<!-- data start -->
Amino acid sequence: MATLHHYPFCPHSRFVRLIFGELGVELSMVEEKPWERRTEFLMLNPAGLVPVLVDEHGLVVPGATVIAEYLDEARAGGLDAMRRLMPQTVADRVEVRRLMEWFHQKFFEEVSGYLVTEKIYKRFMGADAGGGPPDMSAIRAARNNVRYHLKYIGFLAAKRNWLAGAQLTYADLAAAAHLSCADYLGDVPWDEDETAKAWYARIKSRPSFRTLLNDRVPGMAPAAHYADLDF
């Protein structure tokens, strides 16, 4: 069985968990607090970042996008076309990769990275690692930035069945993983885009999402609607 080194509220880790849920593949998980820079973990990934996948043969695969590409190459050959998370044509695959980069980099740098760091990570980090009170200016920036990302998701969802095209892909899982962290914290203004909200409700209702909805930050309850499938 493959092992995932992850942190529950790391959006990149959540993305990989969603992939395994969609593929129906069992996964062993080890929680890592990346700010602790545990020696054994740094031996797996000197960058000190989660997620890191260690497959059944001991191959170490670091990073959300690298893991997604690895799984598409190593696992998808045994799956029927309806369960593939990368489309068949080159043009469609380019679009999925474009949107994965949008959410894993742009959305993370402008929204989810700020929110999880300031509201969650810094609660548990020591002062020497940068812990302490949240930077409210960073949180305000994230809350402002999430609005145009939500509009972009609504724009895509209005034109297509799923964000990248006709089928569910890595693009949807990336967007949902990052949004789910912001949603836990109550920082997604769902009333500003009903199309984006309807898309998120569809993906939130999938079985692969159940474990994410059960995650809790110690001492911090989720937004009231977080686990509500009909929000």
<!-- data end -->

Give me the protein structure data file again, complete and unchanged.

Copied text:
Amino acid sequence: MATLHHYPFCPHSRFVRLIFGELGVELSMVEEKPWERRTEFLMLNPAGLVPVLVDEHGLVVPGATVIAEYLDEARAGGLDAMRRLMPQTVADRVEVRRLMEWFHQKFFEEVSGYLVTEKIYKRFMGADAGGGPPDMSAIRAARNNVRYHLKYIGFLAAKRNWLAGAQLTYADLAAAAHLSCADYLGDVPWDEDETAKAWYARIKSRPSFRTLLNDRVPGMAPAAHYADLDF
């Protein structure tokens, strides 16, 4: 069985968990607090970042996008076309990769990275690692930035069945993983885009999402609607 080194509220880790849920593949998980820079973990990934996948043969695969590409190459050959998370044509695959980069980099740098760091990570980090009170200016920036990302998701969802095209892909899982962290914290203004909200409700209702909805930050309850499938 493959092992995932992850942190529950790391959006990149959540993305990989969603992939395994969609593929129906069992996964062993080890929680890592990346700010602790545990020696054994740094031996797996000197960058000190989660997620890191260690497959059944001991191959170490670091990073959300690298893991997604690895799984598409190593696992998808045994799956029927309806369960593939990368489309068949080159043009469609380019679009999925474009949107994965949008959410894993742009959305993370402008929204989810700020929110999880300031509201969650810094609660548990020591002062020497940068812990302490949240930077409210960073949180305000994230809350402002999430609005145009939500509009972009609504724009895509209005034109297509799923964000990248006709089928569910890595693009949807990336967007949902990052949004789910912001949603836990109550920082997604769902009333500003009903199309984006309807898309998120569809993906939130999938079985692969159940474990994410059960995650809790110690001492911090989720937004009231977080686990509500009909929000």